IMO’s main responsibility is to make shipping of all types safer, including tankers. The actions included in the numerous safety conventions & suggestions utilize to these as well as other ships – & the safer a ship is, the less likely it is to be involved in an accident.
The International Convention for the Safety of Life at Sea (SOLAS), 1974 includes special requirements for tankers. Fire safety facilities, e.g., are much more strict for tankers than the ordinary dry cargo ships, since the danger of fire on board the ships carrying oil & refined products is much more.
Inert gas systems
It is not only the fire which is hazardous – in certain cases a single spark can cause an accident, for even tanks which do not contain oil are filled with flammable gas which can blow up except if proper methods are followed.
The standard method is to fill these tanks with inert gas(IG) from the ship’s boiler flue: it is cleaned & then pumped inside the empty tanks, or into the spaces left above the oil in the loaded tanks. An inert gas(IG) system is needed on all new tankers & most existing tankers of 20,000 dwt(Dead Weight Tonnage) & above.
IMO has developed several methods over the years which are developed to assure that, in the event of mechanical failure, the ship can still be under control. SOLAS makes it compulsory for main parts of the steering gear of tankers to be duplicated.
In terms of other ships, much of the navigational equipment of tankers should be duplicated.
Mandatory towing arrangements
Since 1st Jan. 1996 all new tankers of 20,000 DWT & above have had to be installed with an emergency towing arrangement installed at both end of the ship. Existing ships had to be installed with such design not later than 1st Jan. 1999.
MARPOL 73/78 – Reducing the consequences of accidents
The International Convention for the Prevention of Pollution by the Ships (MARPOL 73/78) covers regulations concerning subdivision & stability which are constructed to assure that, in any loading conditions, the ship can survive after being involved in a collision or stranding.
Protective location of segregated ballast tanks
The 1978 MARPOL Protocol developed the idea known as the protective location of the segregated ballast tanks. This means that the ballast tanks are situated where the effect of the collision or grounding is likely to be greatest. In this manner the amount of cargo leaked after such an accident will be greatly decreased.
The 1983 MARPOL amendments restrict the carriage of oil in the forepeak tank – the ship’s most unprotected point in the event of a collision.
In the year 1992 MARPOL was amended to make it obligatory for tankers of 5,000 DWT & more booked after 6 July 1993 to be installed with double hulls, or an substitute design authorized by the IMO. All tankers should have to be changed when they reached a certain age (up to 30 years old). This procedure was accepted to be phased in over a number of years because the shipyard capacity is limited & it should not possible to change all the single hulled tankers to double hulls without causing huge disturbance to world trade & industry.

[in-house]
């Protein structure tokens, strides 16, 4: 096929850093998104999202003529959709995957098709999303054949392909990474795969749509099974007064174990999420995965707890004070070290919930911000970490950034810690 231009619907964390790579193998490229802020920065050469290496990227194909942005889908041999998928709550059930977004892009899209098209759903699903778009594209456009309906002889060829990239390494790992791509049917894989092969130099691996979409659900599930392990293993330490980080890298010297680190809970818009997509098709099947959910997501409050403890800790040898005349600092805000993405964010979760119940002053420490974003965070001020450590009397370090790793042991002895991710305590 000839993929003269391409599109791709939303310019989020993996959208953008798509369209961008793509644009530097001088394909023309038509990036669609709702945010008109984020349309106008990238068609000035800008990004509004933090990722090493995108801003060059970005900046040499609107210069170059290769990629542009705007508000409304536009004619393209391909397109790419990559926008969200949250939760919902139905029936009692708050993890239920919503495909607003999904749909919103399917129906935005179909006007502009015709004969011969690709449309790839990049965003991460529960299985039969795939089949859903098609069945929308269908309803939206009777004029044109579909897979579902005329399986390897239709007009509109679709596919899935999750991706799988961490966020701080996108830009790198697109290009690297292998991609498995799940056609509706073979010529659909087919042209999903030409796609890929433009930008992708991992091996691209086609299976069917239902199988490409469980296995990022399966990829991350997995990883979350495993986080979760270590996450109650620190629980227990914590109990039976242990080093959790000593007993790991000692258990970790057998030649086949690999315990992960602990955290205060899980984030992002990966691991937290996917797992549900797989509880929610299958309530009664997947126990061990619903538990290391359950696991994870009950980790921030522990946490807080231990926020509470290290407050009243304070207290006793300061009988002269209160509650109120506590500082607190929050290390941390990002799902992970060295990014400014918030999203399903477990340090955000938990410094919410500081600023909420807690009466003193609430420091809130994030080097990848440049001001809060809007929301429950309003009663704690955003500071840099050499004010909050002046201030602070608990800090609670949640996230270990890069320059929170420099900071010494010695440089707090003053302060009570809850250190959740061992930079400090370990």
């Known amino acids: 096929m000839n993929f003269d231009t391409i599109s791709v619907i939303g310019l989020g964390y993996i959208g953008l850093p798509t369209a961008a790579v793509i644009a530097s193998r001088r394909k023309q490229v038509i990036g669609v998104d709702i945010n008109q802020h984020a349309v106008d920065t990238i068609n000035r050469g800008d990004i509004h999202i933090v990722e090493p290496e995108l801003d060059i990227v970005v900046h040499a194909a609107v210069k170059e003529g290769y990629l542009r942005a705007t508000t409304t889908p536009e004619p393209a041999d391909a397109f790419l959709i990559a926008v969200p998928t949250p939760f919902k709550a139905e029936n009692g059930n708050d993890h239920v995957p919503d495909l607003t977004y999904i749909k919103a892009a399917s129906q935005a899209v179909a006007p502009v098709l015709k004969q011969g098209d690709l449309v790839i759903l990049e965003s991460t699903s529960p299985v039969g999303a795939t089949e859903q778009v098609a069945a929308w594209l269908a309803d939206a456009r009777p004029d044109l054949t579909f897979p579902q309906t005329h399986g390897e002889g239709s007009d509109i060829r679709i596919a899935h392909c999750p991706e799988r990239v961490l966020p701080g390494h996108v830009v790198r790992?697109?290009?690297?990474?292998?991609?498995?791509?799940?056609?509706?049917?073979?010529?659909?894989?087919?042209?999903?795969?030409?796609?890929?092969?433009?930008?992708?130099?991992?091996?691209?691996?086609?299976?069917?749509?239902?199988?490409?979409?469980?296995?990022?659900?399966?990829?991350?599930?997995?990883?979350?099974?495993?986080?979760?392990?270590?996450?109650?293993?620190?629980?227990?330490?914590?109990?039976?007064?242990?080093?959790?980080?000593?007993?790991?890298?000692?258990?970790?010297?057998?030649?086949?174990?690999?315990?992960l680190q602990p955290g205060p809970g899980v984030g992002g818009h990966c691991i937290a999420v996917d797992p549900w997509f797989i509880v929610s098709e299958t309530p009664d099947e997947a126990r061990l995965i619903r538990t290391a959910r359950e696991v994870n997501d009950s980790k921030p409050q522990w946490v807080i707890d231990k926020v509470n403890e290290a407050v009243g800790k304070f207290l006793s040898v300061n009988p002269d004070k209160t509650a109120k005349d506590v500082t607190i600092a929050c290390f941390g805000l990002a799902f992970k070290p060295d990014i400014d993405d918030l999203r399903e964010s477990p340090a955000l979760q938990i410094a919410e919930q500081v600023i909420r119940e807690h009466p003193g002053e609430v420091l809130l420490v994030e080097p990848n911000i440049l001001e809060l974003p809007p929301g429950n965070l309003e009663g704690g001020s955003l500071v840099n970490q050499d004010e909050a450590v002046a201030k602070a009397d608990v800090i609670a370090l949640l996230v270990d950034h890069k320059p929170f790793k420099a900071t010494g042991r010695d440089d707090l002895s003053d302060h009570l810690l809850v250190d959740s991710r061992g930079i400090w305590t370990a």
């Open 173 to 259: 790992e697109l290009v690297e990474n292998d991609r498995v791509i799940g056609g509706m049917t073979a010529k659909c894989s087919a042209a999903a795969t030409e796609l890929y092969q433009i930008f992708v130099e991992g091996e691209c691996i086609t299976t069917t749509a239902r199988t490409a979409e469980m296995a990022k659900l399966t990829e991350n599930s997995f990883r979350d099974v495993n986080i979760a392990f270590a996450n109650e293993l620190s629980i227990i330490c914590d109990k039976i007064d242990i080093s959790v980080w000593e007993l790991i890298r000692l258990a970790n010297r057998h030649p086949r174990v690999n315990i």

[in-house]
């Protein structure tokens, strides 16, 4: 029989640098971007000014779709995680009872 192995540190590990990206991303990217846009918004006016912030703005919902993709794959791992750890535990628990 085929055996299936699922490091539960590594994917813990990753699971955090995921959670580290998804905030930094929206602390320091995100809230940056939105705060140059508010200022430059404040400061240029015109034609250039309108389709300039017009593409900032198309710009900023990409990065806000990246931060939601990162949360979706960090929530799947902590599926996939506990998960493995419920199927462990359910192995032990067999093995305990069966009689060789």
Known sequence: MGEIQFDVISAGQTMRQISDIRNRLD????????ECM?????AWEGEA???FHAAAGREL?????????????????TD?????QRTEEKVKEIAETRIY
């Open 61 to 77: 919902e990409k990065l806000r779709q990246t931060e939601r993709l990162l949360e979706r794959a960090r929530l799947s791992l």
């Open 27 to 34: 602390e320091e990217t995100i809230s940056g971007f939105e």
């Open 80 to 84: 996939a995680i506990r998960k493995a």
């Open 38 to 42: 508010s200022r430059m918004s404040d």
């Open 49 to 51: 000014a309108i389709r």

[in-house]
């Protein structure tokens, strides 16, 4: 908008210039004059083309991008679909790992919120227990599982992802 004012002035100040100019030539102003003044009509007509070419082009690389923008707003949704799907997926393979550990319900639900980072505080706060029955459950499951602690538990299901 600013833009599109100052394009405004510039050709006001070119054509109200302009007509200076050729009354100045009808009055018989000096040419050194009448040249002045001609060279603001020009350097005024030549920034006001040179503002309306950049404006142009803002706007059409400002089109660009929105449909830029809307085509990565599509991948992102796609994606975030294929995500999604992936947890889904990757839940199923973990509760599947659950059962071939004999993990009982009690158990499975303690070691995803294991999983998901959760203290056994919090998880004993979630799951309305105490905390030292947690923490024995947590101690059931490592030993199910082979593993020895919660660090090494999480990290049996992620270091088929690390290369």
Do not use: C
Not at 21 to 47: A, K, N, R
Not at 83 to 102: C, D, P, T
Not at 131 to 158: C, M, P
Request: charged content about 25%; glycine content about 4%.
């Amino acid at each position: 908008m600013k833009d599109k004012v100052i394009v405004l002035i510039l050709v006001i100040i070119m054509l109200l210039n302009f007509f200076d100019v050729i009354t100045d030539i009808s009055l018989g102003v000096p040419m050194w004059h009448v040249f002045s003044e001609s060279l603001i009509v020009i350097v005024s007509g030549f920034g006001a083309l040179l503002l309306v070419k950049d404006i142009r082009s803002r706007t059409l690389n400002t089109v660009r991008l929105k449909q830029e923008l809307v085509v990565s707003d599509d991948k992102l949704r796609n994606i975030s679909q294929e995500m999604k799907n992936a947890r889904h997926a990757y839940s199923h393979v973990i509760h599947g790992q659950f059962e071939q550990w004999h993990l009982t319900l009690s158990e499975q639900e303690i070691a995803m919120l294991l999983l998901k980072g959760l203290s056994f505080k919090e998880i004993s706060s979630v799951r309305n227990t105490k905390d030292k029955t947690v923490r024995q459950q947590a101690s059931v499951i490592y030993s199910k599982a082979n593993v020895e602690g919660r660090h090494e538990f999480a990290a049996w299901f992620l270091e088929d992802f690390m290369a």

Accelerated phase-out for single-hull tankers
Under this updated regulation 13G of Annex I of MARPOL, the final phasing out date for Category 1 tankers was 2005. The final phasing out date for category 2 & 3 tankers was brought ahead to 2010, from 2015.
Condition Assessment Scheme (CAS)
Under the updated regulation, the Condition Assessment Scheme (CAS) is appropriate to all single hull tankers of 15 years, or older.
Carriage of heavy grade oil
A new MARPOL regulation 13G on the prevention of oil pollution from the oil tankers when carrying heavy grade oil (HGO) restricts the carriage of HGO in single hull tankers of 5,000 tons DWT & above after the date of enforcement of the regulation (5 April 2005), & in single-hull oil tankers of 600 tons DWT & above but less than(<) 5,000 tons DWT, not later than the anniversary of their delivery date in 2008.
Since the year 1995 all tankers & bulk carriers aged 5 years & more have been subject to a specially enhanced inspection programme which is considered to assure that any inadequacy- such as corrosion or wear & tear resulting from the age or neglect – are detected.
Mandatory ship reporting
Since 1st Jan. 1996, authorities have been able to suggest to IMO the introduction of obligatory ship reporting systems in areas where there are special environmental or navigational disturbance.
The International Regulations for Prevention of Collisions at the Sea, 1972 (COLREGS) comprise special methods for ships such as tankers which, by nature of their draught, have a decreased capability to manoeuvre.
The International Convention on the Standards of Training, Certification & Watchkeeping for the Seafarers, 1978, as modified in the year 1995 (STCW) comprise several needs aimed specifically at those working on tankers.
The International Safety Management (ISM) Code was accepted in the year 1994 & became obligatory for the tankers in 1998. The ISM Code forces strict standards on the shipping companies.